Srinivasan's team chose Vizhinjam to the south of the state of Kerala renowned for tourist beaches as well as fishing expertise. She added further that "Kerala has centuries of history with a long relation to migration, including movement to Gulf states. You acquire connections that make you cosmopolitan. I found it interesting because the older generation in the region had in reality traveled and had ties especially in the Middle East. This gap between perception and reality I found very telling."


Srinivasan described the initial challenge of making sense of the complex scene at "an auction where everyone was bidding for piles of fish" and it was difficult to track "fishermen’s movements." She chuckled about the "chaos on that first day" and at coping with the "decibel levels." She recalls how "monitoring digital platforms, the formation of identities, and caste groups proved to be much more challenging than generating abstract and elegant 'equations' divorced from the messiness of reality. There might be fifteen auctions at the same time, with people pushing and shoving."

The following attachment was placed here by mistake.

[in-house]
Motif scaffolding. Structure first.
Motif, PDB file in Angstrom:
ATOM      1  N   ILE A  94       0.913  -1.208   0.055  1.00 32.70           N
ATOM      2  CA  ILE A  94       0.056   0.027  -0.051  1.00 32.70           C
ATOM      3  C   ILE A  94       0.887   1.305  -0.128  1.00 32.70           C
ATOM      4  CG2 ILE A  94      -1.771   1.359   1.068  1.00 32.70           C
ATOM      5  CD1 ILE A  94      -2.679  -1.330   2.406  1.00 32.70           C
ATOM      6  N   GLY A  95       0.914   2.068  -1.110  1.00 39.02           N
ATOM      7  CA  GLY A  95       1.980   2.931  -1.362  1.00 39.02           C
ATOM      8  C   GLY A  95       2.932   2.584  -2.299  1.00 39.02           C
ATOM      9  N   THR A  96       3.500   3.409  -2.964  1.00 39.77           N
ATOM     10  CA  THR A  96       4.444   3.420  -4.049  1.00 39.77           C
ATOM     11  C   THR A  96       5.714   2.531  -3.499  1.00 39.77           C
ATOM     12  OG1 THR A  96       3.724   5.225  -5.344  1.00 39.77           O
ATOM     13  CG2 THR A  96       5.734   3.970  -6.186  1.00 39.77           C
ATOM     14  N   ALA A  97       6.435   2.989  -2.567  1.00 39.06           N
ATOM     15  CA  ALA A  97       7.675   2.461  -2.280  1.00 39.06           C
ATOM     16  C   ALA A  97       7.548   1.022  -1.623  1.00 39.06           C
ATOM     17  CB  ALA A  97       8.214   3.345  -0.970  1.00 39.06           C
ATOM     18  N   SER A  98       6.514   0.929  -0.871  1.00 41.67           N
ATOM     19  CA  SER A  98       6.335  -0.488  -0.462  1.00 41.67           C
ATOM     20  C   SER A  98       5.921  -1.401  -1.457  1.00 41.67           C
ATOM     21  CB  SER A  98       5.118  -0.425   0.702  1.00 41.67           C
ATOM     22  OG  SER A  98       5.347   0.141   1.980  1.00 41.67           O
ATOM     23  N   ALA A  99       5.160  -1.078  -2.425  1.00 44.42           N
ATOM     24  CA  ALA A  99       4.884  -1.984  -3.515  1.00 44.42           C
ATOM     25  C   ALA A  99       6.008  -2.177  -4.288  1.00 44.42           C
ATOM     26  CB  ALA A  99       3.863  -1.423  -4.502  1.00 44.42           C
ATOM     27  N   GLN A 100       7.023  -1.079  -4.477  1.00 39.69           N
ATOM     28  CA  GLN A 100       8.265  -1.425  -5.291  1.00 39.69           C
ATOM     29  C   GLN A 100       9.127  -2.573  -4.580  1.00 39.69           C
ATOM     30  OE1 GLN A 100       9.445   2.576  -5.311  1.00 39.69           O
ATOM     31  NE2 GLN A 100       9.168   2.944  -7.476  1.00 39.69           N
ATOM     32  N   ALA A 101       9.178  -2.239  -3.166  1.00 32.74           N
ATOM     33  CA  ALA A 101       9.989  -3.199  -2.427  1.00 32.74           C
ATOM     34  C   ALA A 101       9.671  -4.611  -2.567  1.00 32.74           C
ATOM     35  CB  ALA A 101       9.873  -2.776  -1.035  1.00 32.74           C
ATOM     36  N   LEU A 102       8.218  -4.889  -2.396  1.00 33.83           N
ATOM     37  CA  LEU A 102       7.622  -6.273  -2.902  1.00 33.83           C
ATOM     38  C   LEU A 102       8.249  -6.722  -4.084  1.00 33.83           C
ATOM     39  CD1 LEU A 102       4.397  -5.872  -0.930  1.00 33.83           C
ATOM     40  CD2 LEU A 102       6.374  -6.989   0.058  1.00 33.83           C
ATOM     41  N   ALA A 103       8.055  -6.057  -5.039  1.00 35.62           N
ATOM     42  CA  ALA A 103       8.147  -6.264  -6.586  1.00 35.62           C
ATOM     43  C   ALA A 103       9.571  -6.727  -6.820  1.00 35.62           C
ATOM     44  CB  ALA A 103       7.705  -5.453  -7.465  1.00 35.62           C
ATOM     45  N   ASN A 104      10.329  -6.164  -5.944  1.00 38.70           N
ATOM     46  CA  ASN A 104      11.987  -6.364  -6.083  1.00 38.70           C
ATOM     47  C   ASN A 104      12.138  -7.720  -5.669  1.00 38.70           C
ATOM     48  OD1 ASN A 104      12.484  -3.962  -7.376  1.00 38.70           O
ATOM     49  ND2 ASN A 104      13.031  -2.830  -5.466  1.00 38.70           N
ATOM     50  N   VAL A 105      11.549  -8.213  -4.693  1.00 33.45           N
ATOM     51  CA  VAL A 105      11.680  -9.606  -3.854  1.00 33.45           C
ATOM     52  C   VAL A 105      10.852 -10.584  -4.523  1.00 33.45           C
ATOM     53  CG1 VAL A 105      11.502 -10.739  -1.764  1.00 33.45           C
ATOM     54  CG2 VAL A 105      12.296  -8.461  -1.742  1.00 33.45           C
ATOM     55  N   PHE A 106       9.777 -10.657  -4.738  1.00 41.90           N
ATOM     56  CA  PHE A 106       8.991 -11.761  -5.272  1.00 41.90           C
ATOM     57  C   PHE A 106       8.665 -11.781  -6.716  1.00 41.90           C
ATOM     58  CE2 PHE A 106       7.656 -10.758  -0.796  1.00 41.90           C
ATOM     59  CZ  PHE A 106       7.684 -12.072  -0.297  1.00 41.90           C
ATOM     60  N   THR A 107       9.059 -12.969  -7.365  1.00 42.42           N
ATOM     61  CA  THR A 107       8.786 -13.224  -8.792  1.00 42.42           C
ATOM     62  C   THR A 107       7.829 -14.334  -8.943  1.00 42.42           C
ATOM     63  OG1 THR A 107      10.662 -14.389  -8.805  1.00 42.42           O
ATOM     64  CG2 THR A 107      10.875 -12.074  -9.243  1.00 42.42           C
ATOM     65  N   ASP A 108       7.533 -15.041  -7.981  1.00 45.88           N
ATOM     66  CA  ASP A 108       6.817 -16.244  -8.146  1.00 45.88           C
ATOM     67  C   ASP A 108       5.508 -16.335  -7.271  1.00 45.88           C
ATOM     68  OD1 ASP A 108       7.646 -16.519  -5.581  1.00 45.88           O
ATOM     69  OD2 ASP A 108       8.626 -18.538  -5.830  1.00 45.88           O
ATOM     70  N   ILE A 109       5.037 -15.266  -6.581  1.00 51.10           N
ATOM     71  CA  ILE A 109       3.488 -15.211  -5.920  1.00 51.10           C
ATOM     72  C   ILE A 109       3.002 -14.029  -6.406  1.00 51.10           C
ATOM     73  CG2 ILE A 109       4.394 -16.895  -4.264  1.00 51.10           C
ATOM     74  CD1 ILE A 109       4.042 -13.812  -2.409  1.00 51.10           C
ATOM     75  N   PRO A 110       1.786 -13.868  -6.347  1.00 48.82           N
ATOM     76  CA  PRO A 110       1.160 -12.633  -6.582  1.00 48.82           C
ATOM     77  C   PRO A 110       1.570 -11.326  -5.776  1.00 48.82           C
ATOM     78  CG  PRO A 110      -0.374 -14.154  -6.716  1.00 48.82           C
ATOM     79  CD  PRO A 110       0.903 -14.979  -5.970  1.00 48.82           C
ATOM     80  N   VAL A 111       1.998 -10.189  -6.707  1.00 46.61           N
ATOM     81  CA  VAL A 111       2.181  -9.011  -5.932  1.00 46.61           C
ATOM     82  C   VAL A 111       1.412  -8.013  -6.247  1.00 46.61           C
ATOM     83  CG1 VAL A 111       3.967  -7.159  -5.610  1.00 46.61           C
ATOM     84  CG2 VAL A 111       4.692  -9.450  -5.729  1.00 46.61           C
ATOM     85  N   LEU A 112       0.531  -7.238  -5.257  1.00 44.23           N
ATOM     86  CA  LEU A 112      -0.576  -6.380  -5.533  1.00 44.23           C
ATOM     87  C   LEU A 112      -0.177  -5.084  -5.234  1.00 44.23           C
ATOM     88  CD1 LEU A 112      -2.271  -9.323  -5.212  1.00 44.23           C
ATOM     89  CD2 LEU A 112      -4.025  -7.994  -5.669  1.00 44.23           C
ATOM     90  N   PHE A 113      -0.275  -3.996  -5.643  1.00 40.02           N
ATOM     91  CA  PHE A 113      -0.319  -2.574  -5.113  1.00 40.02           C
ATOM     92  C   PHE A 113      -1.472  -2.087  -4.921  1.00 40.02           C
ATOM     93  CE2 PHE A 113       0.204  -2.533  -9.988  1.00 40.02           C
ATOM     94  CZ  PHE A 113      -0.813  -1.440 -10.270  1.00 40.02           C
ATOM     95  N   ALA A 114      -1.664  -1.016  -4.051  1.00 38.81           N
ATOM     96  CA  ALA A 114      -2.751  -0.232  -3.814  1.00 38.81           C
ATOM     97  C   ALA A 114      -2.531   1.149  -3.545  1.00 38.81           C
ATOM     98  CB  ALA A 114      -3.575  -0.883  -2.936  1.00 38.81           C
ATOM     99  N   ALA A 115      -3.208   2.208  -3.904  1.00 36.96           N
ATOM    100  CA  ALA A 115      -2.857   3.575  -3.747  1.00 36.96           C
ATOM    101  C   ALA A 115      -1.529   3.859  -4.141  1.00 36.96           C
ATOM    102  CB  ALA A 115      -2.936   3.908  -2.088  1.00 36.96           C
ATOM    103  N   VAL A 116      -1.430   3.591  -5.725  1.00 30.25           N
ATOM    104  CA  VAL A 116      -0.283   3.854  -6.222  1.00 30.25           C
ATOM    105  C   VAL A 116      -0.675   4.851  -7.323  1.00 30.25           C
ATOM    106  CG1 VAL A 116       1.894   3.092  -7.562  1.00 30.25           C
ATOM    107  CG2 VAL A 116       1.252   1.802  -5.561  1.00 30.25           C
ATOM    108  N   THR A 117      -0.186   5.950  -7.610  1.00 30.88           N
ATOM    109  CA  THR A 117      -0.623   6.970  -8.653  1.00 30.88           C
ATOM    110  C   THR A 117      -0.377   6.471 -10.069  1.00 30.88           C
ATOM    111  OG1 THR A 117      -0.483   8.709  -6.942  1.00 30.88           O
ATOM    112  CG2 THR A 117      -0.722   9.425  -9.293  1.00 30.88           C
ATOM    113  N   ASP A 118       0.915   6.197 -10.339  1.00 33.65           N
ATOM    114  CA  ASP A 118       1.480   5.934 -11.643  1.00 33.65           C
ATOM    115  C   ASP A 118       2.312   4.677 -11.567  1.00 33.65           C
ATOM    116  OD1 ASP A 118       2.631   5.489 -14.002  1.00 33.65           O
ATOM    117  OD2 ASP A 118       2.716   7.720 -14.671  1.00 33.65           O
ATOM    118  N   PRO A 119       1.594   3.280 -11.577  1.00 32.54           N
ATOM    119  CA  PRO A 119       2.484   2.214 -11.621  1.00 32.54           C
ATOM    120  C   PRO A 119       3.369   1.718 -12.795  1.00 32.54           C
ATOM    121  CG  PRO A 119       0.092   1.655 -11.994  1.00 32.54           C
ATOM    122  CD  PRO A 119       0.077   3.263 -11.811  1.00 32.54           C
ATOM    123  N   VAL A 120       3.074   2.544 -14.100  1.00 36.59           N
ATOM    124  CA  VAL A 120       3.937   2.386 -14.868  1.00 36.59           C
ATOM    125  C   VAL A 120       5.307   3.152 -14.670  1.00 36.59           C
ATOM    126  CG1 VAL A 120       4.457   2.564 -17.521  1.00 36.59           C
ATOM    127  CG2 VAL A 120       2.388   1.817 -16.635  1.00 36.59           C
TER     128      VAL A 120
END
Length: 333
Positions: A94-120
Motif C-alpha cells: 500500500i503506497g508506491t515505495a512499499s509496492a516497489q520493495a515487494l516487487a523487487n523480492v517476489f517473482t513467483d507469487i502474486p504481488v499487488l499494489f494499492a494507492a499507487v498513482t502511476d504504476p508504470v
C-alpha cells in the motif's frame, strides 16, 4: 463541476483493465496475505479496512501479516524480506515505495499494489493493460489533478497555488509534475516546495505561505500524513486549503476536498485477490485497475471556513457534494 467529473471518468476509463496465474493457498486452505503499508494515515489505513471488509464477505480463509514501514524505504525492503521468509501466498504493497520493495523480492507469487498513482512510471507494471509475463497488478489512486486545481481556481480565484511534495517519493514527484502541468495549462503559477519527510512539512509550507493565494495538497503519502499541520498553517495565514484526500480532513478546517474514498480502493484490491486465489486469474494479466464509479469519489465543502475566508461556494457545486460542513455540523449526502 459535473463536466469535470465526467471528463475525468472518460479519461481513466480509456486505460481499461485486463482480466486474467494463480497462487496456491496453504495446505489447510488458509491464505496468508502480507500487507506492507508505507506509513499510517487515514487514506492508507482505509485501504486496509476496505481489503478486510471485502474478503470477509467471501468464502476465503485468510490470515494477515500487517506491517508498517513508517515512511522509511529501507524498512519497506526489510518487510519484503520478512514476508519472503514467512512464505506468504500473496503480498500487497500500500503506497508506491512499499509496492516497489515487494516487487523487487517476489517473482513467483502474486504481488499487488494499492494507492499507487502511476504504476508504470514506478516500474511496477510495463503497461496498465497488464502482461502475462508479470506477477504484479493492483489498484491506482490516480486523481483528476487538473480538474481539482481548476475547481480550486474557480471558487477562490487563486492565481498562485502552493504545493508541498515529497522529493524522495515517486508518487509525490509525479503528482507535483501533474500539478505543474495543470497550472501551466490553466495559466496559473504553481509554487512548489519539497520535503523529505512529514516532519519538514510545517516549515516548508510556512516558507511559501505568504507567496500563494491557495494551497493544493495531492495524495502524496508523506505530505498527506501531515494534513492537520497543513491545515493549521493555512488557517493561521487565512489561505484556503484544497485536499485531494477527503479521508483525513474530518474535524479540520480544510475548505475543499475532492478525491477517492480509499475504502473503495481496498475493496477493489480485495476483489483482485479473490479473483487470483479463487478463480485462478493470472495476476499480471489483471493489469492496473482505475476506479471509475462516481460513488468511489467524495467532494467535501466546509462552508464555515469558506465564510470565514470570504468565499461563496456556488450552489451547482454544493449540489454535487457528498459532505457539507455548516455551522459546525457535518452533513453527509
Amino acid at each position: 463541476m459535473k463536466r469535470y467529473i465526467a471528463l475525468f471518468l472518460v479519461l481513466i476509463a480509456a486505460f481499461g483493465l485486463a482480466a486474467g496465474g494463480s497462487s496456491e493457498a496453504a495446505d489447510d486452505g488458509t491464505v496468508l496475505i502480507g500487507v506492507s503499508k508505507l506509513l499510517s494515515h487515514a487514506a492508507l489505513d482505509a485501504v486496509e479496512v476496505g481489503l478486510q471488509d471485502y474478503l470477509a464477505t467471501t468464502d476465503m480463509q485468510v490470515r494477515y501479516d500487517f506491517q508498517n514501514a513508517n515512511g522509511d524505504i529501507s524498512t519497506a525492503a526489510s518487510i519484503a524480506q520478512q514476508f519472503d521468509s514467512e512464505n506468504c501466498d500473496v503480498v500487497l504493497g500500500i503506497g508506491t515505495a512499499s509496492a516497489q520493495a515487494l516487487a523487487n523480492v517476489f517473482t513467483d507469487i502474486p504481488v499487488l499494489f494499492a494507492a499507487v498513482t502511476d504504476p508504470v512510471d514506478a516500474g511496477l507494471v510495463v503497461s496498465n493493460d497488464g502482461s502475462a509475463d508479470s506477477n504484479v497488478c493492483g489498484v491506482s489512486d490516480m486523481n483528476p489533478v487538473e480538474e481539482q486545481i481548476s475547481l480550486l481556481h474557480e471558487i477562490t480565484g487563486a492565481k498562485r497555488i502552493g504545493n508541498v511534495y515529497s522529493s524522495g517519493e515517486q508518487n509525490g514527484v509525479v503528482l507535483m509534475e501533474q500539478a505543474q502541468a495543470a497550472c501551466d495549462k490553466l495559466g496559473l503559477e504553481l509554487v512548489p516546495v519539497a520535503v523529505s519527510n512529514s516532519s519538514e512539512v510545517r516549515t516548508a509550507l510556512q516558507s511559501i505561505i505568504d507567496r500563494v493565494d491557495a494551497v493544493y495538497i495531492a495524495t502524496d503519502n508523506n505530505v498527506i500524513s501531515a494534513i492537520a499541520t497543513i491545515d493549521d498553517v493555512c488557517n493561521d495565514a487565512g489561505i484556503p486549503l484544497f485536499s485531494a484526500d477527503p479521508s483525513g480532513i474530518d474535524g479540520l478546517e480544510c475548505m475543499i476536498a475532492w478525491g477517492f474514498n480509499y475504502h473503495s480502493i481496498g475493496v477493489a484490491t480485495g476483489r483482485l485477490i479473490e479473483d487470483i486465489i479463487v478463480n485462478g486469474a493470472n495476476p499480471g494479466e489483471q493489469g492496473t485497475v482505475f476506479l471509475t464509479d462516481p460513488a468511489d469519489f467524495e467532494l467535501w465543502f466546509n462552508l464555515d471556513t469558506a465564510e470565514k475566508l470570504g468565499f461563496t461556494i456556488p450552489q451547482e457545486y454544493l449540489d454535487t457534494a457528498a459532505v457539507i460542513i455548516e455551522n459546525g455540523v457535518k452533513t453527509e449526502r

Srinivasan described how the Vizhinjam field site differed from where she had worked in Pondicherry where the MSSRF information centers dispensed information about government schemes through kiosks, public address systems, or websites rather than text messages on mobile phones. There she had been struck by "how categorically they wanted to divorce their activities from politics," even though "everyday politics operating in the village" made the "universal idea of information being good" was complicated by the "facts that information was A) not just one thing and B) of course it is political."

The research team also reviewed existing literature about the economic behavior of farmers around price information even though fishermen who are landless by profession, face specific difficulties different from that of farmers especially with regards to access to credit. (For more on farmers, prices, and information, see our story about IMTFI researcher Nithya Joseph and her research on silk markets).